The proposed construction cost of the new school is $150 per square foot. When the cost of the land is added in, along with bond origination fees, the cost per square foot becomes an unprecedented $165 per square foot. I feel that this price is too expensive for the following reasons:

• The proposed construction cost is 50% higher than the Park City high school construction cost (currently under construction). According to the Utah State Office of Education, no high school construction project since 2002 has cost more than $100 per square feet compared to the proposed $150/sqft proposed for Wasatch High. (see link below).

Park City High School is currently under construction and is scheduled for completion in August of 2007. The project is 197,000 square feet. The cost is $17.5 million or $89/sqft. The proposed Wasatch High construction cost is 69% higher, per square foot, than the new Park City High School. Even with construction cost inflation, why is the proposed Wasatch high school 69% higher than PC?

• High schools are less expensive to construct than elementary schools: Old Mill elementary school (in Heber) was recently constructed at a cost of $104/sqft. The Utah State Office of Education states that elementary schools typically cost $10/sqft more than high schools. Old Mill at $104/sqft begs the question, why are we spending $150/sqft on the proposed high school?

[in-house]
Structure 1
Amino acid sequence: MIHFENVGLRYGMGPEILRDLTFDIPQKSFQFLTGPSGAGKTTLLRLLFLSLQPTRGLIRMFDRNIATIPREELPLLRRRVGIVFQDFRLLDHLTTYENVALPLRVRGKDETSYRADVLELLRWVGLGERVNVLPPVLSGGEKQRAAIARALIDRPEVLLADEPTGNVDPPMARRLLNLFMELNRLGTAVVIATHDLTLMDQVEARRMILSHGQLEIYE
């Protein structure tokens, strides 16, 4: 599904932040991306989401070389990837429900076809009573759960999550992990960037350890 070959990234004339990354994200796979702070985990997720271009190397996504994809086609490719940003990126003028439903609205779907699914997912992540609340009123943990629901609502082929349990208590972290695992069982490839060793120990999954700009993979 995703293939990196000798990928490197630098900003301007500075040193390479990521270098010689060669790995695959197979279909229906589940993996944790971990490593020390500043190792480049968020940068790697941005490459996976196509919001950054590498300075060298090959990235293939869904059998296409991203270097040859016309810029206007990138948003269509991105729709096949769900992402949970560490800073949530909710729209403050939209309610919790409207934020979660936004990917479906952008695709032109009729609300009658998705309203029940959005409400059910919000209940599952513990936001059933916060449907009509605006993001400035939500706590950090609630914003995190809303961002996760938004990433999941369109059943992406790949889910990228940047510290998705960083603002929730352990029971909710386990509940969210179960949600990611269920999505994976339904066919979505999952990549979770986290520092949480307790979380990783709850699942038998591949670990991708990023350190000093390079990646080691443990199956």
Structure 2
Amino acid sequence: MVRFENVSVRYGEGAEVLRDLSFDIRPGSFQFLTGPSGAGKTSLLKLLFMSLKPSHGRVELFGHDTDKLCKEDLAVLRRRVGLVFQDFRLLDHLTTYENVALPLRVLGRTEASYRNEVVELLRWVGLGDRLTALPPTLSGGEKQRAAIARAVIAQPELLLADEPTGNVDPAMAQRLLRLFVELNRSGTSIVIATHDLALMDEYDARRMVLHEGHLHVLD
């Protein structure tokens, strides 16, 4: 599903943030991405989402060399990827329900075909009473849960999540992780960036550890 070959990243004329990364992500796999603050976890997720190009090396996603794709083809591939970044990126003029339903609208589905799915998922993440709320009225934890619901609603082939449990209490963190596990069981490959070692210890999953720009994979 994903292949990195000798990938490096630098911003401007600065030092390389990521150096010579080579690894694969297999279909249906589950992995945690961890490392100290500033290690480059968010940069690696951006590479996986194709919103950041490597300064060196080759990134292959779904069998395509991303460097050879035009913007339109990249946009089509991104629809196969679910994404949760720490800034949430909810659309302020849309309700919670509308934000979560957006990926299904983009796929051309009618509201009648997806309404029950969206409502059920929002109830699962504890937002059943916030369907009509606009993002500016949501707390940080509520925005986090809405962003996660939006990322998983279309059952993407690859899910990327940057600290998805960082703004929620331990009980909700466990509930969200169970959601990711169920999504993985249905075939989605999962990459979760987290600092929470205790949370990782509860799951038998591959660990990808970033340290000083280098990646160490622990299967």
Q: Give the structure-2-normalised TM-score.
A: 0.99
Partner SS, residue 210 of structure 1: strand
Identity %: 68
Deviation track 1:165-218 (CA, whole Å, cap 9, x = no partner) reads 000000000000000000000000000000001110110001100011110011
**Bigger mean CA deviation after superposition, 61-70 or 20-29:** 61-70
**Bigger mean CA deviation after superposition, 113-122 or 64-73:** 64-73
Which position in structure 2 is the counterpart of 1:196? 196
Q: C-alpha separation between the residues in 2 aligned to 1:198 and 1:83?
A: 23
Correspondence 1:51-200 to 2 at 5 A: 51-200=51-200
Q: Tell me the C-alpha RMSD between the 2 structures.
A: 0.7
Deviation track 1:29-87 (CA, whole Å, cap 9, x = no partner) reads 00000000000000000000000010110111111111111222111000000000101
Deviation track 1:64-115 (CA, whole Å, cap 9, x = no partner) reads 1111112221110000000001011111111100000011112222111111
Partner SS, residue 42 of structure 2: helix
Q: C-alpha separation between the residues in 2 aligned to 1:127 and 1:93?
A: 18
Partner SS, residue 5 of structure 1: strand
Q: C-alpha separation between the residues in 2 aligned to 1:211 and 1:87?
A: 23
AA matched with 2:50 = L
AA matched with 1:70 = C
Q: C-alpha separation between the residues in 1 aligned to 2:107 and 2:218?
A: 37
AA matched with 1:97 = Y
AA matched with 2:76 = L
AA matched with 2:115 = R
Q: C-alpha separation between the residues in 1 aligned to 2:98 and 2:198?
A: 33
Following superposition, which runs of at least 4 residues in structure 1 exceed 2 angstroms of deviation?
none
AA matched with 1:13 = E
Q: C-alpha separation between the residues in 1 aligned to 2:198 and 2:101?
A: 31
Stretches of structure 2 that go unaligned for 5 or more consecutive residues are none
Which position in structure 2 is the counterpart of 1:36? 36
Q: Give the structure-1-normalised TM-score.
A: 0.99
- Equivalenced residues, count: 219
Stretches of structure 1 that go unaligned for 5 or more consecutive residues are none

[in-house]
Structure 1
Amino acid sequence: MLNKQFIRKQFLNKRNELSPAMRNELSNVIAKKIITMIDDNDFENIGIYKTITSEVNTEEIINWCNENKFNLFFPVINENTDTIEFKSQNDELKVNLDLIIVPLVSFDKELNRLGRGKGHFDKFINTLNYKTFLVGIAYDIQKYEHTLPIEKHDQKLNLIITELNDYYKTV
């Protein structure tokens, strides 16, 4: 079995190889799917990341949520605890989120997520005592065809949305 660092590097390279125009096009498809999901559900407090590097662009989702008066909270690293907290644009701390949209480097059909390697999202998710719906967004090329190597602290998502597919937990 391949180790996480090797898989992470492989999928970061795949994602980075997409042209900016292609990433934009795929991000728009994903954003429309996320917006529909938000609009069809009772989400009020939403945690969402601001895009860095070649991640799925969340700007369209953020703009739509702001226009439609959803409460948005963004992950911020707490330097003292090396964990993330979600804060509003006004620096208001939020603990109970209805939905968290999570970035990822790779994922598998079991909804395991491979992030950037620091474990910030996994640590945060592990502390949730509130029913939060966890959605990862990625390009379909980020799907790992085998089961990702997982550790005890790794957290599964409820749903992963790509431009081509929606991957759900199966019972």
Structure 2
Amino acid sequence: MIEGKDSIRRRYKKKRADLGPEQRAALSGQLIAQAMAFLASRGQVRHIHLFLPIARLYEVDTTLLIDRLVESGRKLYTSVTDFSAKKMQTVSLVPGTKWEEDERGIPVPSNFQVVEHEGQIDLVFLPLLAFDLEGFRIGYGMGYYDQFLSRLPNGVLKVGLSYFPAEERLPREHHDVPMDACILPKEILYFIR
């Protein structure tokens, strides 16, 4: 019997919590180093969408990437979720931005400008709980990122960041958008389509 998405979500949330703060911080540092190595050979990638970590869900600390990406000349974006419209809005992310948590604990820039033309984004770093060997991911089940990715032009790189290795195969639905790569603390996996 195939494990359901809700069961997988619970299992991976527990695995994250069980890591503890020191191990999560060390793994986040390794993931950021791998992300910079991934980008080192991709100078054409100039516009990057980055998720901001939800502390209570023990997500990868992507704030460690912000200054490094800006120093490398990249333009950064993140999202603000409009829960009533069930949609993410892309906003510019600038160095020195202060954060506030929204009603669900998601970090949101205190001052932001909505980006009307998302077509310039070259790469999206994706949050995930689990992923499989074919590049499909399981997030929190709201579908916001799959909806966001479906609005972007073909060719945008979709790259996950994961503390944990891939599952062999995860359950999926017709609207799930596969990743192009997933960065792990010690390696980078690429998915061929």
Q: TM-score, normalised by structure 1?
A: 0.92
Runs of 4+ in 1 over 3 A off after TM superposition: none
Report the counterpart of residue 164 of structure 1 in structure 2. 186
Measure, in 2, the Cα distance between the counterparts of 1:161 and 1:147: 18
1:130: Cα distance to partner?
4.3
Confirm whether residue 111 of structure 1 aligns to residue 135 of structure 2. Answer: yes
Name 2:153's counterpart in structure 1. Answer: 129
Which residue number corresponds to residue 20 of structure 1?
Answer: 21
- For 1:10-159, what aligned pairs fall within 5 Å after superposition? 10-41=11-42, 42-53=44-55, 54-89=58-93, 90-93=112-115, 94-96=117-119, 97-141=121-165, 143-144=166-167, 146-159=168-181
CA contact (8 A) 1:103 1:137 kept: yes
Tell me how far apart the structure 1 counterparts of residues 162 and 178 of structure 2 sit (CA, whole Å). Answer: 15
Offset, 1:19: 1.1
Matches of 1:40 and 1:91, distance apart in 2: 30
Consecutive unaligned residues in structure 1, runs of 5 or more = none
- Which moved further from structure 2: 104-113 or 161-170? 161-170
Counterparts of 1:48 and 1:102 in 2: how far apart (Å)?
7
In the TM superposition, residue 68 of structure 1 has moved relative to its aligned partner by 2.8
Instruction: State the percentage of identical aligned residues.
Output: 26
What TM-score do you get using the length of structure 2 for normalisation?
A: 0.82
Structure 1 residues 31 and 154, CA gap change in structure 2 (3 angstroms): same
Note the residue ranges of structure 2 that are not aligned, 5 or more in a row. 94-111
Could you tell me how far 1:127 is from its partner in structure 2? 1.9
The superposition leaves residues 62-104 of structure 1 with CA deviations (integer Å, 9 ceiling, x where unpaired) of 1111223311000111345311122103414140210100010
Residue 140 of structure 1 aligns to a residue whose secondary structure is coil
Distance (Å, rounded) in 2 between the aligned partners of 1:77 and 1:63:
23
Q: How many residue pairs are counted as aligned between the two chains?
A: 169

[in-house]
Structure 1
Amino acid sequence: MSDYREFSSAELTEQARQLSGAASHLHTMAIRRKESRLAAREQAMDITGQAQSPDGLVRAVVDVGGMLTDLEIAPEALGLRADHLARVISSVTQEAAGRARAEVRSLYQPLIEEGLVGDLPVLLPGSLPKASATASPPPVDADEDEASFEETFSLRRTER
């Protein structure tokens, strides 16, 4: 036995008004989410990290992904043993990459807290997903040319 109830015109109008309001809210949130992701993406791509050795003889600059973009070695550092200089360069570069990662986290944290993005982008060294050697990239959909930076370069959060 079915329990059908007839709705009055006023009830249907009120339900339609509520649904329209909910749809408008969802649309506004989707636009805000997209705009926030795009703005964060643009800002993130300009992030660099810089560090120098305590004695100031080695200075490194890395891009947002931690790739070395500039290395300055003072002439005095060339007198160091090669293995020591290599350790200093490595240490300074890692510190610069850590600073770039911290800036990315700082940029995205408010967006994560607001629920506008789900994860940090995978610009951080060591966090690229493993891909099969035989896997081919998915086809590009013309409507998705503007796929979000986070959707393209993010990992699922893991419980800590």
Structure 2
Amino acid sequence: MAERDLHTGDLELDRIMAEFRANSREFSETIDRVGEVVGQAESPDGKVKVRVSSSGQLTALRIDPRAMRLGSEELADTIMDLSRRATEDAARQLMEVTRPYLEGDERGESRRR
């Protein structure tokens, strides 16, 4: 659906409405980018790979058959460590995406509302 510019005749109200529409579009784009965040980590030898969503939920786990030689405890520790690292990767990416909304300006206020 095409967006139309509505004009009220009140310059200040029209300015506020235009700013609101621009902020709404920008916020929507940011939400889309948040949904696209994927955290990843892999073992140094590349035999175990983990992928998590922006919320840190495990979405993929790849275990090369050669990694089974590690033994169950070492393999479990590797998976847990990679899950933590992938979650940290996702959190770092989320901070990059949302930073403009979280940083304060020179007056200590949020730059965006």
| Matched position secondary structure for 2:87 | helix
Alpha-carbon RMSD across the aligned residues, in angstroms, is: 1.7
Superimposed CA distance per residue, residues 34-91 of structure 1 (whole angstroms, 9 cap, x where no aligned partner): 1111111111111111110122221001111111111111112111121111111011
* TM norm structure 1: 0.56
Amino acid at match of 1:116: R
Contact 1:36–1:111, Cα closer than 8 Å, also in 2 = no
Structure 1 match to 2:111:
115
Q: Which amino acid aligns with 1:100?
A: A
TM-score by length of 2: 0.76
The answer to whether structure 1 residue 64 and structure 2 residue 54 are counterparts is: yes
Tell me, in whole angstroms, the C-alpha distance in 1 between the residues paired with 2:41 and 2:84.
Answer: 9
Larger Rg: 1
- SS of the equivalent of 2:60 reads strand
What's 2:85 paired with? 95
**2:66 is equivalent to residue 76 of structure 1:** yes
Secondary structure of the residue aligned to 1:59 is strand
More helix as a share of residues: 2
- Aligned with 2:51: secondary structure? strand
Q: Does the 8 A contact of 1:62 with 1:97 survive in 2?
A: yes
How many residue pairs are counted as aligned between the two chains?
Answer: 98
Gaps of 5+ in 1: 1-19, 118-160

Most of us can agree that we need a new high school. I hope that we can also agree that any proposed high school should be well thought out. Let’s not spend money just because we can get our hands on it.

Proponents of the proposed high school state that the building should be a status symbol of our community. I think that we should let our conscious stewardship of public funds and the quality of our children’s education be our status symbol, not an oversized, over-priced building.

Utah State Office of Education recommended high school sizes -

Utah State Office of Education Construction Report -